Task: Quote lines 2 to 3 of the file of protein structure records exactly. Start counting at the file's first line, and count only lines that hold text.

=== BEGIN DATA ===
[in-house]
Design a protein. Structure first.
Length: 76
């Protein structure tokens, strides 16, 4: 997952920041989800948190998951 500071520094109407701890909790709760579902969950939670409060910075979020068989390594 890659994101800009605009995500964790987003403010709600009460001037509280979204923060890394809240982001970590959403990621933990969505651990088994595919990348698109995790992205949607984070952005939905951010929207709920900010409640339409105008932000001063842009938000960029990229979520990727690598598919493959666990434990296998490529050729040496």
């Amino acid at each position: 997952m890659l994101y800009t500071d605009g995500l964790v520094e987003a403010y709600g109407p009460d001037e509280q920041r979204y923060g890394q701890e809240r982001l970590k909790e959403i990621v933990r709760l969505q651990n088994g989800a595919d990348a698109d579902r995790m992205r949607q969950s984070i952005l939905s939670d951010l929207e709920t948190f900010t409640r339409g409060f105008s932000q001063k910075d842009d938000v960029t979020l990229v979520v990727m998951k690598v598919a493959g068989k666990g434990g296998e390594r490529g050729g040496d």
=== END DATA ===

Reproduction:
Design a protein. Structure first.
Length: 76